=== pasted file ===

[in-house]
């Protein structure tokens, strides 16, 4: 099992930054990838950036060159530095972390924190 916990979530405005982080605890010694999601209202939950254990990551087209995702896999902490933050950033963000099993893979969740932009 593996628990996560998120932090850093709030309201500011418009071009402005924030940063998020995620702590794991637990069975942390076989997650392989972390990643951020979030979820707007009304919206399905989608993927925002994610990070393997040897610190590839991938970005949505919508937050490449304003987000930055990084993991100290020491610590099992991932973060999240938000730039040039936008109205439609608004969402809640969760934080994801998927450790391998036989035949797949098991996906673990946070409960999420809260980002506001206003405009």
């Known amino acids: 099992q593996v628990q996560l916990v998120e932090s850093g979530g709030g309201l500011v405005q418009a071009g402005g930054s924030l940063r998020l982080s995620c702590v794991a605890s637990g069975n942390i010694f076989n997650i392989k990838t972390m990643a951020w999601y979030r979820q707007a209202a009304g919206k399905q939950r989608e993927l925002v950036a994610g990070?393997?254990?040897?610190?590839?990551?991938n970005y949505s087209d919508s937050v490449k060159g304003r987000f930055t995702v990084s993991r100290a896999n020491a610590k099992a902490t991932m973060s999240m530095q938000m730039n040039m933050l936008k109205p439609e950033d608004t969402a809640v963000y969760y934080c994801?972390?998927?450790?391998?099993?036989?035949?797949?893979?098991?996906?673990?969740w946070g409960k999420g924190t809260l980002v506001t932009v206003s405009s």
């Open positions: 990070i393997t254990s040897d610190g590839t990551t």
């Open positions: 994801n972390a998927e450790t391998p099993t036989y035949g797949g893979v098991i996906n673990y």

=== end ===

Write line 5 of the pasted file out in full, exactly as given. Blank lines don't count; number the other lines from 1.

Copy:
């Open positions: 994801n972390a998927e450790t391998p099993t036989y035949g797949g893979v098991i996906n673990y």